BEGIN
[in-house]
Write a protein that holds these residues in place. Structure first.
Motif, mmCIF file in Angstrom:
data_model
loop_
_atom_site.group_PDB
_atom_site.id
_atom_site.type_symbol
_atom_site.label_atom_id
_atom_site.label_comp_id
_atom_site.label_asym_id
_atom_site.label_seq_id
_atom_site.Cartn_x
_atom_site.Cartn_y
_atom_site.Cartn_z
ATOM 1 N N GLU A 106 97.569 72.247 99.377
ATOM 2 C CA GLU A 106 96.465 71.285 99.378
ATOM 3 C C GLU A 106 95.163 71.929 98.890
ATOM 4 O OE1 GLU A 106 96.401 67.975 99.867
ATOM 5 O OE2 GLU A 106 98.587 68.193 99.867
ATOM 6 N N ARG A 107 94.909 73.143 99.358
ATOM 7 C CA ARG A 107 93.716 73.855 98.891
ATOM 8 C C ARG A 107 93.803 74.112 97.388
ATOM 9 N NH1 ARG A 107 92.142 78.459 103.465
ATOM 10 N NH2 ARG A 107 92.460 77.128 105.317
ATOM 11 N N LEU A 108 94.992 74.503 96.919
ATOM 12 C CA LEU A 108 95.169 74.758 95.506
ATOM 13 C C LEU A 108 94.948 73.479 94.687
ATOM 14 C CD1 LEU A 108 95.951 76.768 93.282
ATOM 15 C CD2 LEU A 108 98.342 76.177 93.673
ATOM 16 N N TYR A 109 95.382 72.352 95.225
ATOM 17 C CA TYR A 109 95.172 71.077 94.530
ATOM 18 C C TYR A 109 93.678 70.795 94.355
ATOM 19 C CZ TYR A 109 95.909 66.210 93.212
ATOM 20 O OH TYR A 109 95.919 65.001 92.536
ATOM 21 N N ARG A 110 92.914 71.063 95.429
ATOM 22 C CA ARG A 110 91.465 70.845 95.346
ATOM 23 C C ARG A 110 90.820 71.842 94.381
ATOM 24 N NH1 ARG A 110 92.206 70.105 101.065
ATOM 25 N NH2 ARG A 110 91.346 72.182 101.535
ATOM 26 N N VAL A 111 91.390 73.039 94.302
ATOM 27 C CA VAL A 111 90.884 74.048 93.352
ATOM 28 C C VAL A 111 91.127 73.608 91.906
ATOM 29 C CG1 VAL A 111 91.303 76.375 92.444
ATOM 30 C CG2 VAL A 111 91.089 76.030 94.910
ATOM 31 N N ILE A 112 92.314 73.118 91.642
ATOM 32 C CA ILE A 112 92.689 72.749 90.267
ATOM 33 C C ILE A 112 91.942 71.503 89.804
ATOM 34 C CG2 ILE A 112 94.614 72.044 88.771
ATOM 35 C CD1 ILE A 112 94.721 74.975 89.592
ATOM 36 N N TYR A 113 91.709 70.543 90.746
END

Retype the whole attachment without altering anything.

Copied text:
[in-house]
Write a protein that holds these residues in place. Structure first.
Motif, mmCIF file in Angstrom:
data_model
loop_
_atom_site.group_PDB
_atom_site.id
_atom_site.type_symbol
_atom_site.label_atom_id
_atom_site.label_comp_id
_atom_site.label_asym_id
_atom_site.label_seq_id
_atom_site.Cartn_x
_atom_site.Cartn_y
_atom_site.Cartn_z
ATOM 1 N N GLU A 106 97.569 72.247 99.377
ATOM 2 C CA GLU A 106 96.465 71.285 99.378
ATOM 3 C C GLU A 106 95.163 71.929 98.890
ATOM 4 O OE1 GLU A 106 96.401 67.975 99.867
ATOM 5 O OE2 GLU A 106 98.587 68.193 99.867
ATOM 6 N N ARG A 107 94.909 73.143 99.358
ATOM 7 C CA ARG A 107 93.716 73.855 98.891
ATOM 8 C C ARG A 107 93.803 74.112 97.388
ATOM 9 N NH1 ARG A 107 92.142 78.459 103.465
ATOM 10 N NH2 ARG A 107 92.460 77.128 105.317
ATOM 11 N N LEU A 108 94.992 74.503 96.919
ATOM 12 C CA LEU A 108 95.169 74.758 95.506
ATOM 13 C C LEU A 108 94.948 73.479 94.687
ATOM 14 C CD1 LEU A 108 95.951 76.768 93.282
ATOM 15 C CD2 LEU A 108 98.342 76.177 93.673
ATOM 16 N N TYR A 109 95.382 72.352 95.225
ATOM 17 C CA TYR A 109 95.172 71.077 94.530
ATOM 18 C C TYR A 109 93.678 70.795 94.355
ATOM 19 C CZ TYR A 109 95.909 66.210 93.212
ATOM 20 O OH TYR A 109 95.919 65.001 92.536
ATOM 21 N N ARG A 110 92.914 71.063 95.429
ATOM 22 C CA ARG A 110 91.465 70.845 95.346
ATOM 23 C C ARG A 110 90.820 71.842 94.381
ATOM 24 N NH1 ARG A 110 92.206 70.105 101.065
ATOM 25 N NH2 ARG A 110 91.346 72.182 101.535
ATOM 26 N N VAL A 111 91.390 73.039 94.302
ATOM 27 C CA VAL A 111 90.884 74.048 93.352
ATOM 28 C C VAL A 111 91.127 73.608 91.906
ATOM 29 C CG1 VAL A 111 91.303 76.375 92.444
ATOM 30 C CG2 VAL A 111 91.089 76.030 94.910
ATOM 31 N N ILE A 112 92.314 73.118 91.642
ATOM 32 C CA ILE A 112 92.689 72.749 90.267
ATOM 33 C C ILE A 112 91.942 71.503 89.804
ATOM 34 C CG2 ILE A 112 94.614 72.044 88.771
ATOM 35 C CD1 ILE A 112 94.721 74.975 89.592
ATOM 36 N N TYR A 113 91.709 70.543 90.746